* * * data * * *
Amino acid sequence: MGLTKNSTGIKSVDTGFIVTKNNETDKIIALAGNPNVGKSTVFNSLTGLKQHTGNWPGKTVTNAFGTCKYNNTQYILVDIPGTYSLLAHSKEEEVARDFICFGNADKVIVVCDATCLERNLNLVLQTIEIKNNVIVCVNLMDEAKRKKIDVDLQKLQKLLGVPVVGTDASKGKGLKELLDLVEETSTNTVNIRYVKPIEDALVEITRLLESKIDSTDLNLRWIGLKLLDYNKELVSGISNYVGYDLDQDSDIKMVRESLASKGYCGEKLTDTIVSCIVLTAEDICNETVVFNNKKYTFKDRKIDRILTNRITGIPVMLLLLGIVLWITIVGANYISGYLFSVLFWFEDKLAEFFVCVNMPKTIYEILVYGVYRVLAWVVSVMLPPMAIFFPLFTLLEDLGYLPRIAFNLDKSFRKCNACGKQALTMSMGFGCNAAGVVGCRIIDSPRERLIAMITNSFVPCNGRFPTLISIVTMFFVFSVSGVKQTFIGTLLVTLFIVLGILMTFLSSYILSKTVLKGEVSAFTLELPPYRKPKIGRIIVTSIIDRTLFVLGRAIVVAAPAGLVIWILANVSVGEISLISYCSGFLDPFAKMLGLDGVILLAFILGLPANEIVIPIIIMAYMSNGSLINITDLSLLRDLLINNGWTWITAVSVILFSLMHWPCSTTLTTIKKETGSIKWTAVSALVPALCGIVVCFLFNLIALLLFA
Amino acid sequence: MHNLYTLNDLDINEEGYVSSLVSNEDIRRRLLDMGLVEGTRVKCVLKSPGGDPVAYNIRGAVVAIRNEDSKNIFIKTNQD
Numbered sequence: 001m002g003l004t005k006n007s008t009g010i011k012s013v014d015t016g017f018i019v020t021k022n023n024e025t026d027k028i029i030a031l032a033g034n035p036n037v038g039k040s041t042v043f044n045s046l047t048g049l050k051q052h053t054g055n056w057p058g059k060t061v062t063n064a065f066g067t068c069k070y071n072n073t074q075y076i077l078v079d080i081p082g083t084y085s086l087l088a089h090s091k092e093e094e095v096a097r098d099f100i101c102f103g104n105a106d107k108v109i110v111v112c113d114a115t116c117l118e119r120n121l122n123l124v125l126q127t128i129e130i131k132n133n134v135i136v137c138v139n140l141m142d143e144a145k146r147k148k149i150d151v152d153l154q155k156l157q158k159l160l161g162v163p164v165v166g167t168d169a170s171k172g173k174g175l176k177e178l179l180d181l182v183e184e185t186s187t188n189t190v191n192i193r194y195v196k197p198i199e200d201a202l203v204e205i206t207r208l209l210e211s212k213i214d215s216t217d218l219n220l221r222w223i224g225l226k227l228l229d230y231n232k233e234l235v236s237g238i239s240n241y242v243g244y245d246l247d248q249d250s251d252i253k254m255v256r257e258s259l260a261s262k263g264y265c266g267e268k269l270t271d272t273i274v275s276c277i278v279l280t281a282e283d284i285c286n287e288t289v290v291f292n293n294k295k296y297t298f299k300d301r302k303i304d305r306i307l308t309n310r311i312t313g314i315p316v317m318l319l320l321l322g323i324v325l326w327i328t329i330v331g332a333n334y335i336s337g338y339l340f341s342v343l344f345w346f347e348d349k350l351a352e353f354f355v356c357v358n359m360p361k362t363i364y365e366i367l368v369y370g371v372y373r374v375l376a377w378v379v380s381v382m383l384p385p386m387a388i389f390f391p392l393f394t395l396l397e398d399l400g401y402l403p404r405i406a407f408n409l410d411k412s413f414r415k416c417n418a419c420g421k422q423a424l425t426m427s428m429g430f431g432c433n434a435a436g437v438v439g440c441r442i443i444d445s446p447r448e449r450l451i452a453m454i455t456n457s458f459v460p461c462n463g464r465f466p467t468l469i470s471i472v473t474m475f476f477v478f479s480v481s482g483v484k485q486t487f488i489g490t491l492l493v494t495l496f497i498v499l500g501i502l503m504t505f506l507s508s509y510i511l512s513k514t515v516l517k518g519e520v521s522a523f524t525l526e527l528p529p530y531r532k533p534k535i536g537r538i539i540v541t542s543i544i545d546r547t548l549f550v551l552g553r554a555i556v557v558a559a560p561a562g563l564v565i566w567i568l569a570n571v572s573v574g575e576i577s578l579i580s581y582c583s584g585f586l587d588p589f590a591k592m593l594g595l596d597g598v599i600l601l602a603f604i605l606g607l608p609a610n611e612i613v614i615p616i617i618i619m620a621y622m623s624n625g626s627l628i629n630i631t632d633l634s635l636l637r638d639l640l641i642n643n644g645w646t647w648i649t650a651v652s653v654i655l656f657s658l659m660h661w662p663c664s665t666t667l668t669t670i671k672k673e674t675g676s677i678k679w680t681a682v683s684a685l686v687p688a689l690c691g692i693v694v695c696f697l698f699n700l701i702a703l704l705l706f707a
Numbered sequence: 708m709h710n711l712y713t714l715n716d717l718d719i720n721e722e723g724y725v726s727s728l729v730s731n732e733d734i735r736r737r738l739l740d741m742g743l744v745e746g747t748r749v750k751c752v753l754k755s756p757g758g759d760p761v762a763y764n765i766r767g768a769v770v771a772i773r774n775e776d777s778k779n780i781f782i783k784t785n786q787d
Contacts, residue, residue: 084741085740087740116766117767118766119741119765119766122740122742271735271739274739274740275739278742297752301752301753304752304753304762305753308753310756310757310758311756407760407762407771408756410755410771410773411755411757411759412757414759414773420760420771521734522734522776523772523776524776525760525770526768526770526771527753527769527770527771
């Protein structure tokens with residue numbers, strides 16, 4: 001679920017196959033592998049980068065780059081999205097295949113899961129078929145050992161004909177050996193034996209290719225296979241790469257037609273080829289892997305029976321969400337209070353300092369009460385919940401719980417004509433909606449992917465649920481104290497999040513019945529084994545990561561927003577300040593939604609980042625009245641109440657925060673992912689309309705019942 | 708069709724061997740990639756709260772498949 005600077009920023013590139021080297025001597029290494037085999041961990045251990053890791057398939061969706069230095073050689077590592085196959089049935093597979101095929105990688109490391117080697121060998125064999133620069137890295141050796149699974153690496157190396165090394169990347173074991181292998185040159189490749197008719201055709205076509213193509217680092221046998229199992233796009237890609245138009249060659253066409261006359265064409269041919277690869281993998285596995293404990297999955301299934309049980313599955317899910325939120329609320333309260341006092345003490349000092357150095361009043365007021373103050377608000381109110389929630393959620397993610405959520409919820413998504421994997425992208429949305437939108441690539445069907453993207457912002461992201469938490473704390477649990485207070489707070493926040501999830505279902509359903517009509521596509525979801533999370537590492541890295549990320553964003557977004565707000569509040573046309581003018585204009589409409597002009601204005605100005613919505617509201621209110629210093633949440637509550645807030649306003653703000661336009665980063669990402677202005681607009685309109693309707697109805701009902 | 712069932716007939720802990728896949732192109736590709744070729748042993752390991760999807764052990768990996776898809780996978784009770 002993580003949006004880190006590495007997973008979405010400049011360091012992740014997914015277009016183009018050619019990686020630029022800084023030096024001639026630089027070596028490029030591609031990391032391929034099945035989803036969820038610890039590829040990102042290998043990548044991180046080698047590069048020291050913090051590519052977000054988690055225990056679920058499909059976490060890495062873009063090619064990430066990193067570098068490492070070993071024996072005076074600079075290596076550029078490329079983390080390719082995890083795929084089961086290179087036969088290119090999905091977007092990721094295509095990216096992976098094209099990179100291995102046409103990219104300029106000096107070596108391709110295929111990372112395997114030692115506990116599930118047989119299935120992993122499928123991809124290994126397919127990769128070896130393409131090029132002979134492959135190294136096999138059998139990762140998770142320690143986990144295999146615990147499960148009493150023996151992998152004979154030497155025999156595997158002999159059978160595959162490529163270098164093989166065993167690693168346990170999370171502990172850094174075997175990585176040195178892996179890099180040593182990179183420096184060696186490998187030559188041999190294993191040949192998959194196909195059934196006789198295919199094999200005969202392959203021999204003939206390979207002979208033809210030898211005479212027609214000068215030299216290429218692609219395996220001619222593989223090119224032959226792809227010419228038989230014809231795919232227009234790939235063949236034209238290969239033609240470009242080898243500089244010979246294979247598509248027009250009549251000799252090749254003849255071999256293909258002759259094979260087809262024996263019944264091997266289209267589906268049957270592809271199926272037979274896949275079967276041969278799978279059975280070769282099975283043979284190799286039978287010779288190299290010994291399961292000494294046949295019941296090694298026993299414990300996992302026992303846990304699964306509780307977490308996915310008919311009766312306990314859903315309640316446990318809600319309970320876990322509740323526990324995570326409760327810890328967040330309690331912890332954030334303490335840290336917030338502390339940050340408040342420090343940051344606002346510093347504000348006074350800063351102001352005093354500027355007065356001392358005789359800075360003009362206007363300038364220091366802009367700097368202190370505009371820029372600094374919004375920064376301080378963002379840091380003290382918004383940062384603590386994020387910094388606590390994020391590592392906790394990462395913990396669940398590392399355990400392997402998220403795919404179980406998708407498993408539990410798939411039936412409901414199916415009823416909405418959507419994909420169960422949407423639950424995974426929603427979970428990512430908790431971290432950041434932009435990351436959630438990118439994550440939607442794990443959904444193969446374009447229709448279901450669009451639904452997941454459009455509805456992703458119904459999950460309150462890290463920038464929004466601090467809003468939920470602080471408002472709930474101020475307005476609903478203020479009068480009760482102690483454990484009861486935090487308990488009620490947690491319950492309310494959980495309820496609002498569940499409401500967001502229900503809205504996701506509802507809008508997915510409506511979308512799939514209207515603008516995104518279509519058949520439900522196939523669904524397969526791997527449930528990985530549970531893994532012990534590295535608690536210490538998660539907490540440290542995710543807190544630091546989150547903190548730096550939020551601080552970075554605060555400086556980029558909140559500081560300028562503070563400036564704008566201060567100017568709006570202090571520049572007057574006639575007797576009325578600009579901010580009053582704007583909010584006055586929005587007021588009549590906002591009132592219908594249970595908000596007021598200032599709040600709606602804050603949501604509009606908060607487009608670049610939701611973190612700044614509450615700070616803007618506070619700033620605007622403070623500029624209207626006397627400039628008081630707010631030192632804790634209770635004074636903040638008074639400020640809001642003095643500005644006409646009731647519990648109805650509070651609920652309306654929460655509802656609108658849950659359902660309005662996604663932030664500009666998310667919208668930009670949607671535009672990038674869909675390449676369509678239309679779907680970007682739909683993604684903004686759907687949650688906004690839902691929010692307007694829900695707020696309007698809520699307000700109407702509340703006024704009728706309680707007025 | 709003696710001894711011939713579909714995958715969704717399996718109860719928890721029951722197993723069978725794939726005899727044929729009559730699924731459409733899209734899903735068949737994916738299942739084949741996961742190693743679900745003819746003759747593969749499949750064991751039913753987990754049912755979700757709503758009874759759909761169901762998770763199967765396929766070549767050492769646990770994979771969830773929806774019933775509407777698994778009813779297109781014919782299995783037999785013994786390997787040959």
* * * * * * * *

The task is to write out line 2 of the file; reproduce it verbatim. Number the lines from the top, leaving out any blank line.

Amino acid sequence: MHNLYTLNDLDINEEGYVSSLVSNEDIRRRLLDMGLVEGTRVKCVLKSPGGDPVAYNIRGAVVAIRNEDSKNIFIKTNQD